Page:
The English language is full of words that describe the shape of our bodies, some of them positive and some of them less positive. Let’s take a look at some of the more commonly used words for body shapes.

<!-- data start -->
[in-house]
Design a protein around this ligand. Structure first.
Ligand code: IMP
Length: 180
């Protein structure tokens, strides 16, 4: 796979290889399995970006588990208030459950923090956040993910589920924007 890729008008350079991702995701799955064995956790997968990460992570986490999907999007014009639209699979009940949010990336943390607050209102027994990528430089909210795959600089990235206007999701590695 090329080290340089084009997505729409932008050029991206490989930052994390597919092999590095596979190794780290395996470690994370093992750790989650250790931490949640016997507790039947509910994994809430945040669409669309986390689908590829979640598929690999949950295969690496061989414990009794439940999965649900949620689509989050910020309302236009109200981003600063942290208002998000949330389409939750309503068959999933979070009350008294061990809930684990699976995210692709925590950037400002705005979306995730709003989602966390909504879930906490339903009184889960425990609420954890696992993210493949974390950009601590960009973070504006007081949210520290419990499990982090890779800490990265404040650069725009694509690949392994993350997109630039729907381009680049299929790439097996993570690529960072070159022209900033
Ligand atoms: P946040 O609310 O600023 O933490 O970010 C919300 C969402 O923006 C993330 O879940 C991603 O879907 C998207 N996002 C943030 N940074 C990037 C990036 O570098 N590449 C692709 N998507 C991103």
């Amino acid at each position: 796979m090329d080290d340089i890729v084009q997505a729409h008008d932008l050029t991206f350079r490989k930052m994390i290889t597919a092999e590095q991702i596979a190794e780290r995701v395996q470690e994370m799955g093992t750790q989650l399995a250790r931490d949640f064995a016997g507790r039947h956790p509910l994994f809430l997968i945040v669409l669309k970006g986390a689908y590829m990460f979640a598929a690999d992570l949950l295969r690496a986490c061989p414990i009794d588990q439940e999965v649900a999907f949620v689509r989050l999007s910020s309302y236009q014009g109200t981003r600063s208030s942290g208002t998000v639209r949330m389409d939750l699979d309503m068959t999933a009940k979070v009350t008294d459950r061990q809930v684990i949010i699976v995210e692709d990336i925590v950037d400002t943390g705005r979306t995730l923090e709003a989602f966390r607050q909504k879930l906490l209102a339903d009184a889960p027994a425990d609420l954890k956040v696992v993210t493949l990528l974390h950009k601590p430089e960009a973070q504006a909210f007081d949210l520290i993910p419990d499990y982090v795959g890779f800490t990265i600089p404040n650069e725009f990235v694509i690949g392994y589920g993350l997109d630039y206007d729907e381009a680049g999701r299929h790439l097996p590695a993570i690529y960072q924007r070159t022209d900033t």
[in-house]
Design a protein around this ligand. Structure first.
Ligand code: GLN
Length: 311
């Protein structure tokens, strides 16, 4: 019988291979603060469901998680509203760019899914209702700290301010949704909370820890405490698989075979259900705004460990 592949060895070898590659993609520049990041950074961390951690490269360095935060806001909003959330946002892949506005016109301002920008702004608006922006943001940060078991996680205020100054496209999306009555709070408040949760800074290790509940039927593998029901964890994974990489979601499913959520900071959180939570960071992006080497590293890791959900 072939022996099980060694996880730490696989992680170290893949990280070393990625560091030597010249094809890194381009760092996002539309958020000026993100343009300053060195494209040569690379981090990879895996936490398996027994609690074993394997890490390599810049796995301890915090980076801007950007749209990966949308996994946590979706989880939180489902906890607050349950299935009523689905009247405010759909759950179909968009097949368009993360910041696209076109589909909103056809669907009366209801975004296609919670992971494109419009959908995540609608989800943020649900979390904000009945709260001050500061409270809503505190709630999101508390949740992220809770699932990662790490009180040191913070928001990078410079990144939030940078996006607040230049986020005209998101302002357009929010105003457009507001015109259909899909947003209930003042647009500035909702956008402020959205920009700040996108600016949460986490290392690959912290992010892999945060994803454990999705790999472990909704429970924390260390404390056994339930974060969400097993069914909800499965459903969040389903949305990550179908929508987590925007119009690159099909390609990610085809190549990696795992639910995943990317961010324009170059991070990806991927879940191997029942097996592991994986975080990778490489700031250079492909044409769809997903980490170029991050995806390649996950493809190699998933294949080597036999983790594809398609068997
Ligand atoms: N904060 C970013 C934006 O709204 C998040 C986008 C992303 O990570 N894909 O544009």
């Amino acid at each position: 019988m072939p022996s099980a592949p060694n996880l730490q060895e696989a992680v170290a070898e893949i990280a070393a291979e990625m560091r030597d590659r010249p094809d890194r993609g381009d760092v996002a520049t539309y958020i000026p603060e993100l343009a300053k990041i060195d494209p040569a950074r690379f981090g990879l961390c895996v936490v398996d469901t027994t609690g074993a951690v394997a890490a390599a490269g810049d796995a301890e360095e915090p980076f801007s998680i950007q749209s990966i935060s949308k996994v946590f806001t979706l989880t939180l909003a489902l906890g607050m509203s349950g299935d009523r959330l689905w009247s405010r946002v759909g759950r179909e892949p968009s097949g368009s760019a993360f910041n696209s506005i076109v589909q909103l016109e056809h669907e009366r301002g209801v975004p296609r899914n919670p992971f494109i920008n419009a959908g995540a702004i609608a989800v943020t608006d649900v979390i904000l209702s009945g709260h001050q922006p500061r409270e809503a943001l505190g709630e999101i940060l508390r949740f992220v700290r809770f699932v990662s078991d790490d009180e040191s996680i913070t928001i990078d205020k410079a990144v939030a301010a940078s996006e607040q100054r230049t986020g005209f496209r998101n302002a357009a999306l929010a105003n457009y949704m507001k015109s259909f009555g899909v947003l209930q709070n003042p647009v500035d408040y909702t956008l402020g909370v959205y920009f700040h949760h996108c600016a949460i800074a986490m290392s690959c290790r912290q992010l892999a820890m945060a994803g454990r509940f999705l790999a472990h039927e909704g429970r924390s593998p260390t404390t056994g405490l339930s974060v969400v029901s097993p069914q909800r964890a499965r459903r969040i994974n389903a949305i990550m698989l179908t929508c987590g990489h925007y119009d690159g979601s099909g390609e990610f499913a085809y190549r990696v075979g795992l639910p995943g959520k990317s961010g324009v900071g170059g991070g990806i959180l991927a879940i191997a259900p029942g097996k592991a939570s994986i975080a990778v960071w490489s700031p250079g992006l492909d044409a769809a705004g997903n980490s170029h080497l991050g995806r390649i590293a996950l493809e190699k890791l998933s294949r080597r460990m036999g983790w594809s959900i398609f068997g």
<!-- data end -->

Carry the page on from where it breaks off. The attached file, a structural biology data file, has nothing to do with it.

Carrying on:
Probably the most commonly used adjective to describe someone who has too little fat is thin. ‘Thin’ is often used in a negative way: She’s very pretty but she’s too thin. Skinny, a slightly informal word, means very much the same: I don’t like his looks – he’s too skinny. Even thinner than ‘skinny’ is scrawny (also a slightly informal word). Someone who is scrawny is so thin that their bones stick out: He was a scrawny little kid. Gaunt, meanwhile, is used to describe a very thin face, sometimes a face that is thin because a person is ill: Her face was gaunt and grey. The adjective emaciated describes someone who is dangerously thin, usually through illness or extreme hunger. It describes the whole of the body: Some of the patients were quite emaciated. Continue reading “Body shapes”